San Antonio-based indie-pop band Buttercup has just released its gorgeously minimalist album, “Grand Marais.” The band’s lead singer/keyboardist/guitarist Erik Sanden sat down with @skopemag to talk about this emotional collection of songs.
@skopemag: Tell us about your new album, “Grand Marais.”
Erik Sanden: This record is so minimal that it kinda scares me—there is so little to hide behind. But it resonates with our audience and is easy to tour. We can transport our whole stage setup on a couple of bicycles. It’s about the power of music to intoxicate, to heal, and bring you back to a memory. The album is all about stripping stuff away until it’s in its rawest form.
@skopemag: What inspired the song “Morrissey for Company”?
Erik Sanden: It’s us wearing our hearts upon our sleeves. I spent a long time in a kind of teenage obsession with The Smiths and Morrissey when I was really sad. The music spoke to me then, and, although I was itching a wound, it was a rare gift. There are those who say sad songs should be avoided, but they are wrong.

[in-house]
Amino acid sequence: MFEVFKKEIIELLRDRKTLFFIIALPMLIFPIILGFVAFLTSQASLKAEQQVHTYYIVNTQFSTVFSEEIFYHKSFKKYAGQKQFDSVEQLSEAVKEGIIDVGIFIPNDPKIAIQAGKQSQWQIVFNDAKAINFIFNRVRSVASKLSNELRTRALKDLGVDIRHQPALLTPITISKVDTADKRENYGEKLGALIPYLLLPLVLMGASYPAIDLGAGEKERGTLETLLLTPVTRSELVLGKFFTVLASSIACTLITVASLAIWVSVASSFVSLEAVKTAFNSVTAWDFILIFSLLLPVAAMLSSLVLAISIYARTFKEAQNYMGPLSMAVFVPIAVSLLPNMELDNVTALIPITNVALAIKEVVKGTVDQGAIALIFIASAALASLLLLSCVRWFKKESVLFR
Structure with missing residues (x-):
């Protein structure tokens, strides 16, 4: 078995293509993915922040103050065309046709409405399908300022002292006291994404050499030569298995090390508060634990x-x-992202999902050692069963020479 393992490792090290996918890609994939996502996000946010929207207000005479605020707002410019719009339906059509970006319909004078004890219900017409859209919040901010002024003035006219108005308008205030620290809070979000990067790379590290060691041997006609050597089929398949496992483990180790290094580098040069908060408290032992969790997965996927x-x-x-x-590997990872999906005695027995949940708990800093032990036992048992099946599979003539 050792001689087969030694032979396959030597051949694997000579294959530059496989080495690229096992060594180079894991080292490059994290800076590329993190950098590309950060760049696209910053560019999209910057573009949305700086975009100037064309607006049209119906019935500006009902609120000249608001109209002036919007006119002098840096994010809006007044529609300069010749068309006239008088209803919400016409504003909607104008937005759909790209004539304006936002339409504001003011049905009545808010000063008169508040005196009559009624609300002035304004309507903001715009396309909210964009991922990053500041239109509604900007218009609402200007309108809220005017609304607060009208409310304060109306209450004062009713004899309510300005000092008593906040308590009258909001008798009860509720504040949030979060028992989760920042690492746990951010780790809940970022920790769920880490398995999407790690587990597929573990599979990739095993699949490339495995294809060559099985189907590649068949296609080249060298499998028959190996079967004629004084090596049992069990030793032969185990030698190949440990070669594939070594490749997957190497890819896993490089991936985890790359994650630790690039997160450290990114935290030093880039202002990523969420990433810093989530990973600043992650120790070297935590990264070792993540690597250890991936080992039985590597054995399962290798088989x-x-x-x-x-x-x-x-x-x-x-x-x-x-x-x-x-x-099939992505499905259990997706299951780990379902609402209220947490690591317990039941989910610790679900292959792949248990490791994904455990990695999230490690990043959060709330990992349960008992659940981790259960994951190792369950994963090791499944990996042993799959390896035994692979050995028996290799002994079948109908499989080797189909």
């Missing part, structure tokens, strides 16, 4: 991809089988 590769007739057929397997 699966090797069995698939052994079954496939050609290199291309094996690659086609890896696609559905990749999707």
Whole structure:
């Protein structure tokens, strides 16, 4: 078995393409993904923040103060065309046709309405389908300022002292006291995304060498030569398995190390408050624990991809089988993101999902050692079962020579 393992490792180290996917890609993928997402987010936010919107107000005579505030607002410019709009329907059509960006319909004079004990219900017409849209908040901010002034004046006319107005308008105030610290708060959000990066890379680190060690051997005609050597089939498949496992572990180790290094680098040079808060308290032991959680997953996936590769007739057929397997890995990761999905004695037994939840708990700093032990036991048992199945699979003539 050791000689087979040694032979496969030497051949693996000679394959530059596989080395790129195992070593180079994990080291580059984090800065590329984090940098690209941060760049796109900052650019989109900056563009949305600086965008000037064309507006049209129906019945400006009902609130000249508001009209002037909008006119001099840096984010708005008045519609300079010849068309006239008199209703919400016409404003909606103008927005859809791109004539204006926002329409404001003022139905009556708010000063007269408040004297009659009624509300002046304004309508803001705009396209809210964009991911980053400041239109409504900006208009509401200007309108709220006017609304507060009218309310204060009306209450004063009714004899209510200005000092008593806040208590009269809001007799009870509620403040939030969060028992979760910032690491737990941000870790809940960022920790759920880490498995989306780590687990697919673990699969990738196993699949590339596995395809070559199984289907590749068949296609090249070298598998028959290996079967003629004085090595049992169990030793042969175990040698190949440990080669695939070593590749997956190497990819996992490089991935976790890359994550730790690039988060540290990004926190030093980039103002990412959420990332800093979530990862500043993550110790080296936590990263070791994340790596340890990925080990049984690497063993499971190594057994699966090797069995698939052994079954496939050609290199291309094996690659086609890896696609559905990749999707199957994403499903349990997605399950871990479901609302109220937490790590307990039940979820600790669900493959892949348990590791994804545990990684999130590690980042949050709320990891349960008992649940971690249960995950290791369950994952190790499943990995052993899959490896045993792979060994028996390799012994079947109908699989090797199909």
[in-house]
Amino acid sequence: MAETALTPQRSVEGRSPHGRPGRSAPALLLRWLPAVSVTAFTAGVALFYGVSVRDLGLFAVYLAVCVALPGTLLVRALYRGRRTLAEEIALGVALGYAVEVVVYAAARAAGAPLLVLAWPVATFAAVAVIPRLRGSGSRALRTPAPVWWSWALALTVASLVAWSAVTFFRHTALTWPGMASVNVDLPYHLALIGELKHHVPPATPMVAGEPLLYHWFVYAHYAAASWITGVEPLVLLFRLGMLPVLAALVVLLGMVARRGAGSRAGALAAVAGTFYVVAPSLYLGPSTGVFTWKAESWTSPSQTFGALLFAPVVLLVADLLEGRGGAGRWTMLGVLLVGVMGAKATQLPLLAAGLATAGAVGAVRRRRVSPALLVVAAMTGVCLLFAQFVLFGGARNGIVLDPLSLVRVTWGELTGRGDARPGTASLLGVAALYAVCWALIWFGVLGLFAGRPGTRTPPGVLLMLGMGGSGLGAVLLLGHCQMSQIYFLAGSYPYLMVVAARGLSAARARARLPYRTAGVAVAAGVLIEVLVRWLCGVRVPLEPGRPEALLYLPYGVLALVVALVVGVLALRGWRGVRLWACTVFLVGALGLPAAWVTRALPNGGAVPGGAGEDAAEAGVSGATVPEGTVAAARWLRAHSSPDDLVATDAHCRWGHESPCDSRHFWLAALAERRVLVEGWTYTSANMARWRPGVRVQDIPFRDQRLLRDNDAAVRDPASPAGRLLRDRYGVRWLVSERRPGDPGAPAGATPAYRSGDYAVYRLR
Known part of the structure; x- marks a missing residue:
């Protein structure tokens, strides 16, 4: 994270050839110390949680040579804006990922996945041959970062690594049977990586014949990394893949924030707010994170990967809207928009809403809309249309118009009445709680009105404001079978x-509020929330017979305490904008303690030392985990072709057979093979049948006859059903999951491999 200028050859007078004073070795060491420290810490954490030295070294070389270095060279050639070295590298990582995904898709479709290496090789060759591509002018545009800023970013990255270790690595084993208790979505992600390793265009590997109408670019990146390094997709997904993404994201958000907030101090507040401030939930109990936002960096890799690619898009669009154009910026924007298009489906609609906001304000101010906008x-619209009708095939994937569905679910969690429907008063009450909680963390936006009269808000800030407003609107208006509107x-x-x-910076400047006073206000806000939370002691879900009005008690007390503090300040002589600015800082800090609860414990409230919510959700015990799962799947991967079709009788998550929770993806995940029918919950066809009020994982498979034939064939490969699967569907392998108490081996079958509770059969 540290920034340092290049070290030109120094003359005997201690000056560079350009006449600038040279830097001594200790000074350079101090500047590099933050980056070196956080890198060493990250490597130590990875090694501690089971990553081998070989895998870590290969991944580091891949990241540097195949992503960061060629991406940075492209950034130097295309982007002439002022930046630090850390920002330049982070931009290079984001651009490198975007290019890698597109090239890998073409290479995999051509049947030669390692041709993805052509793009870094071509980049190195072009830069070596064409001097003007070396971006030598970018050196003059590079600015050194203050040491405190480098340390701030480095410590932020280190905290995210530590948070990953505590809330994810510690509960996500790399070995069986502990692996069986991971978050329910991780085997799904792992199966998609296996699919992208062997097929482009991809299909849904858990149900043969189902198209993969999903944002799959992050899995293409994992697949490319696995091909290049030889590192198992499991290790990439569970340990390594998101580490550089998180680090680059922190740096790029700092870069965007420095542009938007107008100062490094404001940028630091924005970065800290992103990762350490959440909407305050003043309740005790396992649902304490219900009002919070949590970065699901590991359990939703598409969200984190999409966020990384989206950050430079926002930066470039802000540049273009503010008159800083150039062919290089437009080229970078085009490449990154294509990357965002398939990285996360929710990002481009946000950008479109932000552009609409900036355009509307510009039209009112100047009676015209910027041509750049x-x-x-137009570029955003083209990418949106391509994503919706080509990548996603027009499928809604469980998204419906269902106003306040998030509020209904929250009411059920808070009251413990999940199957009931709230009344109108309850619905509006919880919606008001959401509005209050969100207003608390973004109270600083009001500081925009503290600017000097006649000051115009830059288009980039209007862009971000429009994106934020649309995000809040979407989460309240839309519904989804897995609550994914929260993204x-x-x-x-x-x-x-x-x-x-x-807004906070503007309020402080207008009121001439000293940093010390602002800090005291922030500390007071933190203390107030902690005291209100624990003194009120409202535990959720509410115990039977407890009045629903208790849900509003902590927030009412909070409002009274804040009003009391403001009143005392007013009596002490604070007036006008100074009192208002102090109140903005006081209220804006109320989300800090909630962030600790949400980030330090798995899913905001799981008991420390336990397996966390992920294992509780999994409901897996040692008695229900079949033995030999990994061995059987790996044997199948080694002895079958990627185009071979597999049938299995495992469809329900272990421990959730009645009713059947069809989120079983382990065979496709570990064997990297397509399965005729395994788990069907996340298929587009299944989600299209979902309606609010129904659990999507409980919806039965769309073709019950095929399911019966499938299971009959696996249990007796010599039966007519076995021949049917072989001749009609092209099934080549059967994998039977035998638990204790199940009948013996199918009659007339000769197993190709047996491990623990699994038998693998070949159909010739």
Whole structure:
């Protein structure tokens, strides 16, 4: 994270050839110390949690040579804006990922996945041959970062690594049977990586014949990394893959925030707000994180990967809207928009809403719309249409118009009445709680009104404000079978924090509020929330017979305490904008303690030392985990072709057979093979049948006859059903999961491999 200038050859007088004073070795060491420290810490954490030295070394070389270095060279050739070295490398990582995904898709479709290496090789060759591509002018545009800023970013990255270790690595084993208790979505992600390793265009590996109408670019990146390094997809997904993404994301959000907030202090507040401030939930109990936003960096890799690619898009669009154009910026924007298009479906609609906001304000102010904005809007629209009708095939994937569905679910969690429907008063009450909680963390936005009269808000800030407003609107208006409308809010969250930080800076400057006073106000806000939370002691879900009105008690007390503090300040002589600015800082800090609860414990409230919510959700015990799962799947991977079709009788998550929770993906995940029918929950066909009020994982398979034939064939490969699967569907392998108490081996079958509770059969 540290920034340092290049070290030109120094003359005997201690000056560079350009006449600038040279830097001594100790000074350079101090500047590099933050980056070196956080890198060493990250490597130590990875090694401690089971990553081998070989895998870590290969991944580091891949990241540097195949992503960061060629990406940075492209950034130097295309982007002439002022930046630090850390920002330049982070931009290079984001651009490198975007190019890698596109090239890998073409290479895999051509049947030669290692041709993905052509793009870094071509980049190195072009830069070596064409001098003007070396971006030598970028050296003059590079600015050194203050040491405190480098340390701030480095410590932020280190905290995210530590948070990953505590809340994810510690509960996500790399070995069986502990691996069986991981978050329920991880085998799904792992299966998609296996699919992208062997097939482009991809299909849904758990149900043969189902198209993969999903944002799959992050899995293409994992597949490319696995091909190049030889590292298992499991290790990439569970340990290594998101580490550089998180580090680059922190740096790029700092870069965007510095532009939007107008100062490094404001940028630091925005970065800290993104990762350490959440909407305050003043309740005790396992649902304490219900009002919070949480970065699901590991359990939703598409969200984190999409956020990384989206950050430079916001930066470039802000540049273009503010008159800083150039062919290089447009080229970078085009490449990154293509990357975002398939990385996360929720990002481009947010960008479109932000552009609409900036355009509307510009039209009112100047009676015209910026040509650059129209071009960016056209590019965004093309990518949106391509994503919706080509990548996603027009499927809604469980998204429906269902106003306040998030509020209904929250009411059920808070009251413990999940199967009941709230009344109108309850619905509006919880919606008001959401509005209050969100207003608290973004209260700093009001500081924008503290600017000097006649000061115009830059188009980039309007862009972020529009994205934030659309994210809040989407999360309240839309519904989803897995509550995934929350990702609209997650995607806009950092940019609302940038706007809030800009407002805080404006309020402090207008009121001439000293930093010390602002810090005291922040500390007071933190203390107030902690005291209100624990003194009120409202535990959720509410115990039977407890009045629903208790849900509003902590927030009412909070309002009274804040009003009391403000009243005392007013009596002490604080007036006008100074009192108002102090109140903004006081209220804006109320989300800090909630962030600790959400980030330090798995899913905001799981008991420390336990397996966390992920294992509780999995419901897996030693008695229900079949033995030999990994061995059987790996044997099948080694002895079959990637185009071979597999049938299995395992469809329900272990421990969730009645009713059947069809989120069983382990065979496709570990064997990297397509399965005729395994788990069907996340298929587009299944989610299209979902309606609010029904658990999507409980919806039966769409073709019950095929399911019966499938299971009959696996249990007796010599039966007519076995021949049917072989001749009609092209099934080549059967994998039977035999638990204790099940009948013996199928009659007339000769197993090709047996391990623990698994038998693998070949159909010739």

@skopemag: What is your favorite song on the album?
Erik Sanden: “I Can’t.” That song made me cry on stage in Seattle—in the best way possible. The song builds to this crazy, pulsing, rhythmic crescendo that I still can’t believe is just an acoustic guitar and a bass.
@skopemag: What made you choose your album title?
Erik Sanden: It represents longing. Grand Marais is a small town in northern Minnesota teetering on the edge of Canada, where my grandfather built a cabin in the woods. It’s beside the coldest, biggest-volume lake in the world. It’s about the furthest point due north from our super-hot hometown of San Antonio, Texas. When I sit on my front porch and gaze north, I’m looking toward GM.
@skopemag: How would you describe your music to people who haven’t heard it before?
Erik Sanden: It’s a melodic patchwork over a series of thought experiments. Or it sorta sounds like The Kinks if they had a child with Andy Kaufman.